Volkswagen Group has admitted that up to 800,000 of its vehicles may have higher CO2 emissions than stated.
The company discovered "irregularities" while investigating NOx emissions following the recent diesel scandal.
A statement said: "During the course of internal investigations irregularities were found when determining type approval CO2 levels. Based on present knowledge around 800,000 vehicles from the Volkswagen Group could be affected."
Volkswagen's board will now have to converse with type approval agencies regarding the consequences of these findings.
The company continued: "Under the ongoing review of all processes and workflows in connection with diesel engines it was established that the CO2 levels and thus the fuel consumption figures for some models were set too low during the CO2 certification process. The majority of the vehicles concerned have diesel engines."
HM Revenue and Customs has previously stated that, in regard to the NOx emssions scandal, vehicles would not be subject to additional benefit in kind taxation if software changes increased CO2, but it is unclear if its position will change in this case, where CO2 emissions have been incorrect from point of manufacture.
A Volkswagen Group spokesman told Automotive News Europe models affected include VW, Seat and Skoda vehicles that use 1.4-, 1.6- and 2.0-litre diesels built in 2012 and later, as well as the new 1.4-litre ACT petrol engine.
The fuel efficiency deviations were in some cases between 10% to 15%, the spokesman said.
Professor Colin Tourick, Grant Thornton professor of automotive management at the University of Buckingham business school, said: "This is the first revelation that could substantially dent VW's fleet sales.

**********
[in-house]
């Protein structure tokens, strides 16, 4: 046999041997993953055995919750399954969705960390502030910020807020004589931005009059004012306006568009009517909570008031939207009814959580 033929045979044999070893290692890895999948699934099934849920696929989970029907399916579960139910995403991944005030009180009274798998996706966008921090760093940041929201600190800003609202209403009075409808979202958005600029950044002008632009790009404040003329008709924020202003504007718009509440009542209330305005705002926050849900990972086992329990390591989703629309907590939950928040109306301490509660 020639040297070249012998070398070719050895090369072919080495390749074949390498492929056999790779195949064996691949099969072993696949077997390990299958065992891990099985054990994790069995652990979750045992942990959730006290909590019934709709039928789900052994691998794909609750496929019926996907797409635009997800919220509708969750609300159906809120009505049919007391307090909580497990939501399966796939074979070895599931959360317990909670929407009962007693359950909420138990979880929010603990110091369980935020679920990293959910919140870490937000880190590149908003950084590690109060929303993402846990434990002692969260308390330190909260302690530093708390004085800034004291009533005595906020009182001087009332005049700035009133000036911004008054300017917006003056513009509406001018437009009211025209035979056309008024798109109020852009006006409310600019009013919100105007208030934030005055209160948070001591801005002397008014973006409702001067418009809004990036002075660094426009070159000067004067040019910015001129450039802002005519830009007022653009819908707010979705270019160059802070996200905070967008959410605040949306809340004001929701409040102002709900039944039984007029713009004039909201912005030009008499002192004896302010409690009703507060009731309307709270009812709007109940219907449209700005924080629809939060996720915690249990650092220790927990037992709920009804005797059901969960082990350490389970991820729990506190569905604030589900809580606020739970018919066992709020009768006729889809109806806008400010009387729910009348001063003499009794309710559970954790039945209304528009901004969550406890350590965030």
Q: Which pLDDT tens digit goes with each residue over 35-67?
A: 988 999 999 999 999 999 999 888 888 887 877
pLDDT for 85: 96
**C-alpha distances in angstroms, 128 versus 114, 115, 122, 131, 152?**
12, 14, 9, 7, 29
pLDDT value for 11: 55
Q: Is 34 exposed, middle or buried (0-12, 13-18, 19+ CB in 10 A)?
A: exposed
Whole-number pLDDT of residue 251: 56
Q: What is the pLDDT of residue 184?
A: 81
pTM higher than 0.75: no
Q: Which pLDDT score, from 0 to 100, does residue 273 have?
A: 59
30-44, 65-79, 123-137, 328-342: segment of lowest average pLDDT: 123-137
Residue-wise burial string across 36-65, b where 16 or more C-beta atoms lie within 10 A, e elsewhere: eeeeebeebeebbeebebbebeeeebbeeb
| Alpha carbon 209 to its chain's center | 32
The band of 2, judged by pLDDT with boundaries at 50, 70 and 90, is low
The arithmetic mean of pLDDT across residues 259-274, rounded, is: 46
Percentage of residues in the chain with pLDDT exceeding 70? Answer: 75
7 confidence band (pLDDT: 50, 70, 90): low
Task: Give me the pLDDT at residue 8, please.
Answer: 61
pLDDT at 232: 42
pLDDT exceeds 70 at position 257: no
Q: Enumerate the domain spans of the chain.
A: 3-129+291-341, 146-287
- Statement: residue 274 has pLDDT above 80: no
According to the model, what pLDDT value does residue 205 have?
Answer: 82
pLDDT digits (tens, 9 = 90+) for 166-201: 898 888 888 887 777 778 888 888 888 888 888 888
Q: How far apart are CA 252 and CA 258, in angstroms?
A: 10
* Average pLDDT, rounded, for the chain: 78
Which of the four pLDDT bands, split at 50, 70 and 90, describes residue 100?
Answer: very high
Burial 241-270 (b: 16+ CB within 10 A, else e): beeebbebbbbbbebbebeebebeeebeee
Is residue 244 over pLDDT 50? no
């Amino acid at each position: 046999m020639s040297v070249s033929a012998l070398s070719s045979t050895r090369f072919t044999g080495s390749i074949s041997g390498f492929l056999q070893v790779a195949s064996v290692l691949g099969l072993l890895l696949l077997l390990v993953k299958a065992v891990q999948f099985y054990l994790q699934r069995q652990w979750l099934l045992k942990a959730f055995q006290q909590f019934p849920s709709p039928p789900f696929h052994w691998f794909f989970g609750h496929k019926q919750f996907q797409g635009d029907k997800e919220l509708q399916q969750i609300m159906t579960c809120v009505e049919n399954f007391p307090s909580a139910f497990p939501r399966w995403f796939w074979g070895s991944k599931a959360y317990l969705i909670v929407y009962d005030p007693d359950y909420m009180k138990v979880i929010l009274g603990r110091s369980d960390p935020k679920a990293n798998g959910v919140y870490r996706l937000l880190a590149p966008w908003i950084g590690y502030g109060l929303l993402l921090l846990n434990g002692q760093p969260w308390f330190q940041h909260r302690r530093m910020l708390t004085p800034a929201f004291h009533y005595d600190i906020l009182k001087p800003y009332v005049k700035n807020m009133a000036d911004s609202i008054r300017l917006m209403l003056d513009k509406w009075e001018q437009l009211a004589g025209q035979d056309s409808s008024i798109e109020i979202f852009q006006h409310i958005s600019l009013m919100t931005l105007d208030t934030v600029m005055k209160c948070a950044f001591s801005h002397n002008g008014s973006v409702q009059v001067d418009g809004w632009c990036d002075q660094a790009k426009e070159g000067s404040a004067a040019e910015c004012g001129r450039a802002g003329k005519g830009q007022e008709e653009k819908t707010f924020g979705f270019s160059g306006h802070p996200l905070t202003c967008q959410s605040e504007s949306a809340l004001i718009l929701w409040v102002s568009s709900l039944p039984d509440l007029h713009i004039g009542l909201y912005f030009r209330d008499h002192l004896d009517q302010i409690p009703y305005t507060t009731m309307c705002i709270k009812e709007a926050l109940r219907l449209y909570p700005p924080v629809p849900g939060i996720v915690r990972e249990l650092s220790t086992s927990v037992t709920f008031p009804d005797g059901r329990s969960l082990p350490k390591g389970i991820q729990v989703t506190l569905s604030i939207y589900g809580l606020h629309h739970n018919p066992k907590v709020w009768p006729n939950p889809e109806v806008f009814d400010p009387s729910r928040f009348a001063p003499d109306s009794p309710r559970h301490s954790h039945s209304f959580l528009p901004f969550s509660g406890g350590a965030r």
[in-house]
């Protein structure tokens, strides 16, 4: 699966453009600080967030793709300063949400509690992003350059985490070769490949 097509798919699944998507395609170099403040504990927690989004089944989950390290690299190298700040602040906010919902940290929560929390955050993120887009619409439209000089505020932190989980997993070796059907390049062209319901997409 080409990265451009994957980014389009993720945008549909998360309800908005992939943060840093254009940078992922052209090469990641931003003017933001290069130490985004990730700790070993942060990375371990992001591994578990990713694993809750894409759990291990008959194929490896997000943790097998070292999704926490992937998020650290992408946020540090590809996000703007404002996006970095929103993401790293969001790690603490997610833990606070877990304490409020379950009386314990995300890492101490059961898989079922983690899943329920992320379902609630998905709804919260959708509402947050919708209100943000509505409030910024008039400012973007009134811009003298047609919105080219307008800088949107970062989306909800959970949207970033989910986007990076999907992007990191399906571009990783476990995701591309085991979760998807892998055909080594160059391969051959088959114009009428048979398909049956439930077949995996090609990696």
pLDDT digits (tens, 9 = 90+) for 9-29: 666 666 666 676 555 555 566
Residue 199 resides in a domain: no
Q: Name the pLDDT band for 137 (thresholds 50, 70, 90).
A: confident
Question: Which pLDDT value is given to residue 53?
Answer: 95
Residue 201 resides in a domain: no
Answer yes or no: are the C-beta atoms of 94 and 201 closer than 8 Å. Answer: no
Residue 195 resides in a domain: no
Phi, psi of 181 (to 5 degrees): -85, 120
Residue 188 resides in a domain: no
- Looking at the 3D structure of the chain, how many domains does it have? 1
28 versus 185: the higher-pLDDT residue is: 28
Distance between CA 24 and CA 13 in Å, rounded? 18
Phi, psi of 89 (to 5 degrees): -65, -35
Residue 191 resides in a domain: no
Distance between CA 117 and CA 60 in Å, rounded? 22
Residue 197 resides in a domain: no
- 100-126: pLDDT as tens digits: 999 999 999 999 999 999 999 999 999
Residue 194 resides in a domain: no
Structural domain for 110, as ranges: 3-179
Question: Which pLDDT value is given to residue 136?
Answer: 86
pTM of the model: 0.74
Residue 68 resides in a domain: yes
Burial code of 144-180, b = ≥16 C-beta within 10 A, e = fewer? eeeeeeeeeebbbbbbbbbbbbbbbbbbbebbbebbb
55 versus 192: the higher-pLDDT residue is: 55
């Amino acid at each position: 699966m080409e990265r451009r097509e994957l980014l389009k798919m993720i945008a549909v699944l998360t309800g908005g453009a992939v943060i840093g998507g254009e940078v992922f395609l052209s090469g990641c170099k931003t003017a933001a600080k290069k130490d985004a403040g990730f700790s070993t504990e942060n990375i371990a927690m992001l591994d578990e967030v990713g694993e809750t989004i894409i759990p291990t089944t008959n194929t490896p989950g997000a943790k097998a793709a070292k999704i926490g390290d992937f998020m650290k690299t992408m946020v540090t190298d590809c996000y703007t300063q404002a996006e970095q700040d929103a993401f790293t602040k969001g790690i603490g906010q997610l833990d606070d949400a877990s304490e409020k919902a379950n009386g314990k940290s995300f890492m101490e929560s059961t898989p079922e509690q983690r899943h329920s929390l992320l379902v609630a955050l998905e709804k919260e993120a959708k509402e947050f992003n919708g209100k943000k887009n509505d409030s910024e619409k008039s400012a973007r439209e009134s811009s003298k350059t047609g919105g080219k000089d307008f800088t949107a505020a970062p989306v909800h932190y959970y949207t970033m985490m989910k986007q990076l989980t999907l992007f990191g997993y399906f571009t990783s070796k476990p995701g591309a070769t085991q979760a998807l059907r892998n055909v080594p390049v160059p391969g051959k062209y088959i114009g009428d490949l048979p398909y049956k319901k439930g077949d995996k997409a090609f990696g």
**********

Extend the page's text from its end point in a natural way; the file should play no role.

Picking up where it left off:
"If company car drivers think that VW's CO2 emission figures are understated it might make them opt for another manufacturer when choosing their next company car. VW needs to clarify this issue rapidly to avoid any damage to sales."
“From the very start I have pushed hard for the relentless and comprehensive clarification of events. We will stop at nothing and nobody. This is a painful process, but it is our only alternative. For us, the only thing that counts is the truth. That is the basis for the fundamental realignment that Volkswagen needs”, Matthias Müller, CEO of Volkswagen Aktiengesellschaft, added.
“The Board of Management of Volkswagen AG deeply regrets this situation and wishes to underscore its determination to systematically continue along the present path of clarification and transparency.”
In cooperation with the responsible authorities, Volkswagen will do everything in its power to clarify the further course of action as quickly as possible and ensure the correct CO2 classification for the vehicles affected.
Volkswagen Group says vehicle safety is unaffected.